In Dallas, the sun’s gone down, and the monitor says it’s still 90 degrees outside; it’s mid-thirties and snowing in Punta Arenas. But here, sitting on the ramp in what is ostensibly AA Flight 945, there is no weather, no sense of place. We’re climate controlled and timeless, without a tangible, tactile sense of where we are, or when we’re going to get on our way to where we’re going. There was an announcement about a half hour ago about mechanics coming to look at “an issue” of unspecified nature. Final credits have already rolled for the single inflight movie slated to appear on our august 767’s half-dozen CRTs. I’ve already received three online updates for flight delays, each more pessimistic than the last.
Also, ever the inveterate Helpdesk alum, I’ve loaned out a power adaptor to the stressed-out, high maintenance woman two rows up who seemed irate that there was no seat-back entertainment, and whose iPad had run out of battery. And I’ve handed pens around to folks filling out the immigration forms and set up wifi tethering so the nice young lady behind me can email her boyfriend our new arrival time. (The power adaptor is of little help, alas; its borrower somehow snaps the plug for her headphones off in a jack and consoles herself by playing games without sound).
All that being said, I’m not going to complain: Once we do get airborne, it’s an almost 10 hour flight two-thirds of the way down to the bottom of the Southern hemisphere, and I’ve got an entire center row to myself. As soon as they dim lights, I’m going to stick in my ear plugs, slip on my eyeshades, go horizontal and sleep, stretched out across three of American Airlines’ cheapest airborne seats.
Back at home, in Palo Alto, I’ve left behind the dog days of summer; ahead, where the spine of the continent curves east and drops into the sea at its southern tip, it’s the middle of winter. I’m pretty sure that makes this my shortest summer, nipped in the bud at, letsee, 51 days. But I can’t complain: back in 2010-2011, I fit three full summers into two just years, even if that middle season at the South Pole put Mark Twain’s boast about San Francisco’s notorious summer temperatures to shame. In Twain’s time, folks weren’t even sure that there was a southern continent down there.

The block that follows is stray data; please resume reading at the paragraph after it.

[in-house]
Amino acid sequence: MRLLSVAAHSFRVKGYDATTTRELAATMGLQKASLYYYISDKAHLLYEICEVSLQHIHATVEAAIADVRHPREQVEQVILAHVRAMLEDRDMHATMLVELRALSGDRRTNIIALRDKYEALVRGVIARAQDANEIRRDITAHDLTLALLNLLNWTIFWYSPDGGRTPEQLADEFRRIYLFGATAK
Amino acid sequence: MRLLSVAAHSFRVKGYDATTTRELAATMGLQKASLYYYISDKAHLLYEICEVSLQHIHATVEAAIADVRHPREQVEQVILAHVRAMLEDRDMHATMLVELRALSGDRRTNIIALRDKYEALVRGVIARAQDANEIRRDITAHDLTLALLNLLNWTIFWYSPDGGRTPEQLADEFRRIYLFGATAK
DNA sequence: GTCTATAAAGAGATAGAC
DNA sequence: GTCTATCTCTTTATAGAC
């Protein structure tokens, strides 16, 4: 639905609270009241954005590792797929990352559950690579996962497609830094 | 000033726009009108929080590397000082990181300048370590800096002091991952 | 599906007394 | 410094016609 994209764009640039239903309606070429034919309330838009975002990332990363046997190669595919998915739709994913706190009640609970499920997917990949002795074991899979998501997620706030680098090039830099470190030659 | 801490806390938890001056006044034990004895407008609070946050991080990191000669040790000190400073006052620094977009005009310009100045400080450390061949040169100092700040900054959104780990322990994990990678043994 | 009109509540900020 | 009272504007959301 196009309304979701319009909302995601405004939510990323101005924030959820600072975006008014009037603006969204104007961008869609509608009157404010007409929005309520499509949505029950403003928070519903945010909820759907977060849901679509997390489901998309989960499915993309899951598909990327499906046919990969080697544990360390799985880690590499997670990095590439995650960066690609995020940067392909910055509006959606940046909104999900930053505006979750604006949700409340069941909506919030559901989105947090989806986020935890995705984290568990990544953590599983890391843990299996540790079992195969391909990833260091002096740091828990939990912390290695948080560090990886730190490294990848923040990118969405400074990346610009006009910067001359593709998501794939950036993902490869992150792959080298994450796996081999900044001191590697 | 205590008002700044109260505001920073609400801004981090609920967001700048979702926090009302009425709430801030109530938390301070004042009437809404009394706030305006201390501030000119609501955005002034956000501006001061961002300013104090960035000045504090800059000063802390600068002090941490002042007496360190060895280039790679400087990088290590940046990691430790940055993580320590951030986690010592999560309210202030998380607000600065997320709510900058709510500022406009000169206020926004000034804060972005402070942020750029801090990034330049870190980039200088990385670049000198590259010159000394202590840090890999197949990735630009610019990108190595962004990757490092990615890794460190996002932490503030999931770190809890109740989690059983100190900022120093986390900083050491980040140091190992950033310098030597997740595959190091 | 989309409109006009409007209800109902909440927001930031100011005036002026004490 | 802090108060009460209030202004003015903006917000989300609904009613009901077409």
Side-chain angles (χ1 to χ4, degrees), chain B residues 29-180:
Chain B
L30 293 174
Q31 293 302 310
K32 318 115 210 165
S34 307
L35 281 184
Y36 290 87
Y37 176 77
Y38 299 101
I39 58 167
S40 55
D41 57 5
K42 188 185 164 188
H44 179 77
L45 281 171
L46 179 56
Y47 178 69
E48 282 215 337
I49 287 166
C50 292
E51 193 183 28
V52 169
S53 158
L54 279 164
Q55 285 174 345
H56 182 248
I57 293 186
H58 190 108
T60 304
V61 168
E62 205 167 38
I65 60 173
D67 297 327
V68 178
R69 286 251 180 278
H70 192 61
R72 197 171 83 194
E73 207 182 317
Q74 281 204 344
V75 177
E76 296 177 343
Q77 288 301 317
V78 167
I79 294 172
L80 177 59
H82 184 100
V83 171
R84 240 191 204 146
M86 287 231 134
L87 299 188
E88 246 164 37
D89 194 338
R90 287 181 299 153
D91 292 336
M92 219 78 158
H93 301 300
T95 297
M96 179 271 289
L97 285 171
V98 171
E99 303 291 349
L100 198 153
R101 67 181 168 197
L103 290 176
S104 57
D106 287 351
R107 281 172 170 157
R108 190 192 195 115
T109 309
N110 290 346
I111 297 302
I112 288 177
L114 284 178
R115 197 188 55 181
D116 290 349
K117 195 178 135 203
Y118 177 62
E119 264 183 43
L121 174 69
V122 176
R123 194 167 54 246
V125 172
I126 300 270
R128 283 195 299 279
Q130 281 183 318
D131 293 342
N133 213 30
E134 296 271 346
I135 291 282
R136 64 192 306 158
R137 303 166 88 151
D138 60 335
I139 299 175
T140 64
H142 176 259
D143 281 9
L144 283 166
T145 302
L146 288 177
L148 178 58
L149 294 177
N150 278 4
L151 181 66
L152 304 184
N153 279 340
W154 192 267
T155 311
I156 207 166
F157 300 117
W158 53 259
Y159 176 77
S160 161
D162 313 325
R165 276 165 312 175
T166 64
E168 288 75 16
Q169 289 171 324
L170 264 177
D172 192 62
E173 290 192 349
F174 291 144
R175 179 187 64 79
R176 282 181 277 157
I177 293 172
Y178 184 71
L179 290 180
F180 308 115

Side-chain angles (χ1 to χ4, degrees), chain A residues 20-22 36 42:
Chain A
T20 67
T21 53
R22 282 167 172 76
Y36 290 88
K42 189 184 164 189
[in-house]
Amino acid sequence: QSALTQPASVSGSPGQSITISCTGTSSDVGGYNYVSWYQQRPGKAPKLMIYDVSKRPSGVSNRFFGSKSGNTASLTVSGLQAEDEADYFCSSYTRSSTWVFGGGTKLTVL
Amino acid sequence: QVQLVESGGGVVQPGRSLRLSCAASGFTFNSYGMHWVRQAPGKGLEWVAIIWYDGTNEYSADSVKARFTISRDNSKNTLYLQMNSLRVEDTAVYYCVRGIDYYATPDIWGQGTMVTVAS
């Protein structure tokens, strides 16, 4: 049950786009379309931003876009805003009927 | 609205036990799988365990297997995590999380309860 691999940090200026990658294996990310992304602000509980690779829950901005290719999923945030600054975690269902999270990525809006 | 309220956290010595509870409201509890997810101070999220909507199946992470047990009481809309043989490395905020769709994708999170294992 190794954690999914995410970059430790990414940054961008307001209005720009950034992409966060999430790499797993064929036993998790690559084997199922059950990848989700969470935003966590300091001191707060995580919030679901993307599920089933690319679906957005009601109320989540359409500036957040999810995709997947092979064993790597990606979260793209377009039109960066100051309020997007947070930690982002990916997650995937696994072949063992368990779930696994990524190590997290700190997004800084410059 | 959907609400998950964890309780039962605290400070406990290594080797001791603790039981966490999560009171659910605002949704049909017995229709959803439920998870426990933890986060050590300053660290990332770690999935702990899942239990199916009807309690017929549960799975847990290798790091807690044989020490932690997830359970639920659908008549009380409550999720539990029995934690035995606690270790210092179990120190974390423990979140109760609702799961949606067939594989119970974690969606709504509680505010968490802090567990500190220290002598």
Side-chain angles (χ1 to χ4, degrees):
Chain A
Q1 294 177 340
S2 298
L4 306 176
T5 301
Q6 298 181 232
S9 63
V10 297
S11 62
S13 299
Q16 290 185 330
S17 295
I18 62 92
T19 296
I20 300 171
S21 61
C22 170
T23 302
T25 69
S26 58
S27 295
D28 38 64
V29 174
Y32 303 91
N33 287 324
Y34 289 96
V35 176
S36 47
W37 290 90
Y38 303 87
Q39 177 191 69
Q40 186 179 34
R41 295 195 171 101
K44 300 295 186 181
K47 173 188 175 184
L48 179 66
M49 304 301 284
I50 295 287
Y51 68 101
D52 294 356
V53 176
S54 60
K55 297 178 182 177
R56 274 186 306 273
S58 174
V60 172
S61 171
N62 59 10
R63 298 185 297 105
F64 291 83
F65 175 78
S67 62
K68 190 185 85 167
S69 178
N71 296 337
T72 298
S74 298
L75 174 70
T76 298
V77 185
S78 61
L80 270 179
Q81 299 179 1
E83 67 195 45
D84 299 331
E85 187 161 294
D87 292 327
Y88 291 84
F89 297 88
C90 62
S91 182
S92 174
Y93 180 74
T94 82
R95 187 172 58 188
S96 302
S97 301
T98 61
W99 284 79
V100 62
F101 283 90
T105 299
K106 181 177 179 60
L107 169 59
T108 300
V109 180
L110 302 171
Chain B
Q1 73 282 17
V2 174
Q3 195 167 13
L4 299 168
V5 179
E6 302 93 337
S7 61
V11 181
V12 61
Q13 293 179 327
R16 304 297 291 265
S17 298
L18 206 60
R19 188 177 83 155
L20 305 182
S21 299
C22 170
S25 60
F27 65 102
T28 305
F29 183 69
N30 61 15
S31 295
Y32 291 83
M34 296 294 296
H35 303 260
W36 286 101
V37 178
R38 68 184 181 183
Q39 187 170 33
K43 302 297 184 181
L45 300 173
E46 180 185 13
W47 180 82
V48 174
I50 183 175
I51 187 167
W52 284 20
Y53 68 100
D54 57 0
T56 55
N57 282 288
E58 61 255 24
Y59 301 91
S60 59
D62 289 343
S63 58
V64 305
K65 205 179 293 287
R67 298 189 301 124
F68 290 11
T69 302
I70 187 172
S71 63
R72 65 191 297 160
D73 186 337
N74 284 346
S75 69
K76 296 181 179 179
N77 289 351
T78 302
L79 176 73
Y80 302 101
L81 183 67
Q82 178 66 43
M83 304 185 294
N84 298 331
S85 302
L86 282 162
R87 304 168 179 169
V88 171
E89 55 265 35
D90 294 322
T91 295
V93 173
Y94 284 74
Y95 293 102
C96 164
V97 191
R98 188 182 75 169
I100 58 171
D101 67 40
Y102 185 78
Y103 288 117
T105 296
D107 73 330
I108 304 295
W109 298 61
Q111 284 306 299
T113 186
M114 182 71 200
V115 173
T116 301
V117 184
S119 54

Morning, and we’re descending into Santiago against the western edge of the Andes. I realize that I have little, if any cultural context for Chile; when I grasp at images, I inevitably come up with Peru, or Argentina. My sole reference is the pretty and gregarious young lady in the row behind, with whom I chatted for much of last night’s ground delay, but the country could do far worse for a spokesperson.
Below, the mountains seem endless, everchanging, like fractals carved from rock and ice, stretching out to the horizon. There are no signs of life in them, no trees, no roads, no evidence that humans have ever set foot here. From here, we could be descending into Antarctica, or the moon, for that matter.
Sean and I have a few hours here, hanging out in the sterile wifi-enhanced confines of the USAP’s local office before catching our connection to Punta Arenas this afternoon. By all accounts, the ship will already be there when we arrive, and the work begins in earnest tomorrow morning. Summer is over, in more ways than one…